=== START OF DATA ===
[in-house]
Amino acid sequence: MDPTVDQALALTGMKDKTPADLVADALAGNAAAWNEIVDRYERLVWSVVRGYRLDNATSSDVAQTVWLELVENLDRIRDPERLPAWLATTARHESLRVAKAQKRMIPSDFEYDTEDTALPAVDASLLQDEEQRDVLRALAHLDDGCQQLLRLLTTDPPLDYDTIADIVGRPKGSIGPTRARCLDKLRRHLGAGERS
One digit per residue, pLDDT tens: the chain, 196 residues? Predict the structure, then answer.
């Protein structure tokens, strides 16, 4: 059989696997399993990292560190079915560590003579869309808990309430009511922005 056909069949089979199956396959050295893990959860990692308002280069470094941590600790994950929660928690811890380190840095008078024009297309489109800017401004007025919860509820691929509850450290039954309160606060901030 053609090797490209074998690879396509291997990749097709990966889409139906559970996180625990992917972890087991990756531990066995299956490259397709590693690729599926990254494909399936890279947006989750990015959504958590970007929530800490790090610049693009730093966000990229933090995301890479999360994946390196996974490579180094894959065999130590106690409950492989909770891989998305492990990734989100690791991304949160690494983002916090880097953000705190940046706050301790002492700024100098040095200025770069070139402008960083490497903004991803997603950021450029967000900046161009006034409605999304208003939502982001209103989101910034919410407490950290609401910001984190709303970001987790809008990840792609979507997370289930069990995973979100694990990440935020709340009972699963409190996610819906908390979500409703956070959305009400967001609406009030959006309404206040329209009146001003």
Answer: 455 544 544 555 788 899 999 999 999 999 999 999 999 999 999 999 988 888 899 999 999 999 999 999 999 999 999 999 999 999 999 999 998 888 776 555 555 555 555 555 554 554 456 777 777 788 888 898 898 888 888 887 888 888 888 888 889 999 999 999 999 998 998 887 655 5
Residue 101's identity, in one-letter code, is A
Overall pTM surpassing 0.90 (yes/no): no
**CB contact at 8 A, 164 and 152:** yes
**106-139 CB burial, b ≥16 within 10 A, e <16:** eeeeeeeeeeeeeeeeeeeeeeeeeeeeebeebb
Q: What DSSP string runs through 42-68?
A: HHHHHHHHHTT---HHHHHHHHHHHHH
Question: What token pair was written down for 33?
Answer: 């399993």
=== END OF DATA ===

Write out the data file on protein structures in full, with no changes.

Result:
[in-house]
Amino acid sequence: MDPTVDQALALTGMKDKTPADLVADALAGNAAAWNEIVDRYERLVWSVVRGYRLDNATSSDVAQTVWLELVENLDRIRDPERLPAWLATTARHESLRVAKAQKRMIPSDFEYDTEDTALPAVDASLLQDEEQRDVLRALAHLDDGCQQLLRLLTTDPPLDYDTIADIVGRPKGSIGPTRARCLDKLRRHLGAGERS
One digit per residue, pLDDT tens: the chain, 196 residues? Predict the structure, then answer.
């Protein structure tokens, strides 16, 4: 059989696997399993990292560190079915560590003579869309808990309430009511922005 056909069949089979199956396959050295893990959860990692308002280069470094941590600790994950929660928690811890380190840095008078024009297309489109800017401004007025919860509820691929509850450290039954309160606060901030 053609090797490209074998690879396509291997990749097709990966889409139906559970996180625990992917972890087991990756531990066995299956490259397709590693690729599926990254494909399936890279947006989750990015959504958590970007929530800490790090610049693009730093966000990229933090995301890479999360994946390196996974490579180094894959065999130590106690409950492989909770891989998305492990990734989100690791991304949160690494983002916090880097953000705190940046706050301790002492700024100098040095200025770069070139402008960083490497903004991803997603950021450029967000900046161009006034409605999304208003939502982001209103989101910034919410407490950290609401910001984190709303970001987790809008990840792609979507997370289930069990995973979100694990990440935020709340009972699963409190996610819906908390979500409703956070959305009400967001609406009030959006309404206040329209009146001003």
Answer: 455 544 544 555 788 899 999 999 999 999 999 999 999 999 999 999 988 888 899 999 999 999 999 999 999 999 999 999 999 999 999 999 998 888 776 555 555 555 555 555 554 554 456 777 777 788 888 898 898 888 888 887 888 888 888 888 889 999 999 999 999 998 998 887 655 5
Residue 101's identity, in one-letter code, is A
Overall pTM surpassing 0.90 (yes/no): no
**CB contact at 8 A, 164 and 152:** yes
**106-139 CB burial, b ≥16 within 10 A, e <16:** eeeeeeeeeeeeeeeeeeeeeeeeeeeeebeebb
Q: What DSSP string runs through 42-68?
A: HHHHHHHHHTT---HHHHHHHHHHHHH
Question: What token pair was written down for 33?
Answer: 């399993």